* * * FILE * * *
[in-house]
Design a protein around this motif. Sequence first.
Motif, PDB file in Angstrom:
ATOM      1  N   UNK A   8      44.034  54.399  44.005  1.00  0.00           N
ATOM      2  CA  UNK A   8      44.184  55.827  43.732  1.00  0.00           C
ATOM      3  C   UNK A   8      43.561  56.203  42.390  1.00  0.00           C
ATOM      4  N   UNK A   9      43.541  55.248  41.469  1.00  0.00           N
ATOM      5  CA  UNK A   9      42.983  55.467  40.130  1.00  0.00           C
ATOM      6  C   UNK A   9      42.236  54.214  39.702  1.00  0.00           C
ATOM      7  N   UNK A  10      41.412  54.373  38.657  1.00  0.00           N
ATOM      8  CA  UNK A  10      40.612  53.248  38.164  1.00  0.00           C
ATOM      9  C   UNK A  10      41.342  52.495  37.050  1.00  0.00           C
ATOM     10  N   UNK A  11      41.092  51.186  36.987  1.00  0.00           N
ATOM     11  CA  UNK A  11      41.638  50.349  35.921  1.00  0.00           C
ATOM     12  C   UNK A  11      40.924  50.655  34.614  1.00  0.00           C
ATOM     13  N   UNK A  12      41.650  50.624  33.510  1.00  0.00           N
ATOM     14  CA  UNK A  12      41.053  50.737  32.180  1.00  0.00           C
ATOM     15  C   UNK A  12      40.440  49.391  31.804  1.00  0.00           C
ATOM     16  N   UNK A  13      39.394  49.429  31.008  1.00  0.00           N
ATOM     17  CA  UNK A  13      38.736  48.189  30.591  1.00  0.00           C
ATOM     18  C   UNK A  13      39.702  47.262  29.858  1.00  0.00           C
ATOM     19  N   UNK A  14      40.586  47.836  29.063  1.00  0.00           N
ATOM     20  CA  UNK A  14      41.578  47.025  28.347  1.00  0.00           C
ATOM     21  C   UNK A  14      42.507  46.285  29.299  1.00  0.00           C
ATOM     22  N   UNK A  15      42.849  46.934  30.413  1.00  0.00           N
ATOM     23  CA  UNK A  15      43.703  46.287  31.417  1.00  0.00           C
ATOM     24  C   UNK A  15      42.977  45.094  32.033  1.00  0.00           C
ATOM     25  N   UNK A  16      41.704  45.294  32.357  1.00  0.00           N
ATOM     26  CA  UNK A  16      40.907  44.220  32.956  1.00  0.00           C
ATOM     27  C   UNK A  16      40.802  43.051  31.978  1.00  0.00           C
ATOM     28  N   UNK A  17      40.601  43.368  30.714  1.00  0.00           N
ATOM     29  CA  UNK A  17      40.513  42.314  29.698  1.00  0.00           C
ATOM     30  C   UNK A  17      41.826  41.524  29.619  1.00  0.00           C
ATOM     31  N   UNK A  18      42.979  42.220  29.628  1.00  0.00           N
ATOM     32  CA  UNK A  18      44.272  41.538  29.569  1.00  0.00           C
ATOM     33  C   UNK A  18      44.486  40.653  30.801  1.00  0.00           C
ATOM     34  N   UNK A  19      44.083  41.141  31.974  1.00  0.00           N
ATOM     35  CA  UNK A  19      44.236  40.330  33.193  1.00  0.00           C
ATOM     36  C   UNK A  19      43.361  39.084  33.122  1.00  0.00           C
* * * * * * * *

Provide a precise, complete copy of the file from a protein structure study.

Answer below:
[in-house]
Design a protein around this motif. Sequence first.
Motif, PDB file in Angstrom:
ATOM      1  N   UNK A   8      44.034  54.399  44.005  1.00  0.00           N
ATOM      2  CA  UNK A   8      44.184  55.827  43.732  1.00  0.00           C
ATOM      3  C   UNK A   8      43.561  56.203  42.390  1.00  0.00           C
ATOM      4  N   UNK A   9      43.541  55.248  41.469  1.00  0.00           N
ATOM      5  CA  UNK A   9      42.983  55.467  40.130  1.00  0.00           C
ATOM      6  C   UNK A   9      42.236  54.214  39.702  1.00  0.00           C
ATOM      7  N   UNK A  10      41.412  54.373  38.657  1.00  0.00           N
ATOM      8  CA  UNK A  10      40.612  53.248  38.164  1.00  0.00           C
ATOM      9  C   UNK A  10      41.342  52.495  37.050  1.00  0.00           C
ATOM     10  N   UNK A  11      41.092  51.186  36.987  1.00  0.00           N
ATOM     11  CA  UNK A  11      41.638  50.349  35.921  1.00  0.00           C
ATOM     12  C   UNK A  11      40.924  50.655  34.614  1.00  0.00           C
ATOM     13  N   UNK A  12      41.650  50.624  33.510  1.00  0.00           N
ATOM     14  CA  UNK A  12      41.053  50.737  32.180  1.00  0.00           C
ATOM     15  C   UNK A  12      40.440  49.391  31.804  1.00  0.00           C
ATOM     16  N   UNK A  13      39.394  49.429  31.008  1.00  0.00           N
ATOM     17  CA  UNK A  13      38.736  48.189  30.591  1.00  0.00           C
ATOM     18  C   UNK A  13      39.702  47.262  29.858  1.00  0.00           C
ATOM     19  N   UNK A  14      40.586  47.836  29.063  1.00  0.00           N
ATOM     20  CA  UNK A  14      41.578  47.025  28.347  1.00  0.00           C
ATOM     21  C   UNK A  14      42.507  46.285  29.299  1.00  0.00           C
ATOM     22  N   UNK A  15      42.849  46.934  30.413  1.00  0.00           N
ATOM     23  CA  UNK A  15      43.703  46.287  31.417  1.00  0.00           C
ATOM     24  C   UNK A  15      42.977  45.094  32.033  1.00  0.00           C
ATOM     25  N   UNK A  16      41.704  45.294  32.357  1.00  0.00           N
ATOM     26  CA  UNK A  16      40.907  44.220  32.956  1.00  0.00           C
ATOM     27  C   UNK A  16      40.802  43.051  31.978  1.00  0.00           C
ATOM     28  N   UNK A  17      40.601  43.368  30.714  1.00  0.00           N
ATOM     29  CA  UNK A  17      40.513  42.314  29.698  1.00  0.00           C
ATOM     30  C   UNK A  17      41.826  41.524  29.619  1.00  0.00           C
ATOM     31  N   UNK A  18      42.979  42.220  29.628  1.00  0.00           N
ATOM     32  CA  UNK A  18      44.272  41.538  29.569  1.00  0.00           C
ATOM     33  C   UNK A  18      44.486  40.653  30.801  1.00  0.00           C
ATOM     34  N   UNK A  19      44.083  41.141  31.974  1.00  0.00           N
ATOM     35  CA  UNK A  19      44.236  40.330  33.193  1.00  0.00           C
ATOM     36  C   UNK A  19      43.361  39.084  33.122  1.00  0.00           C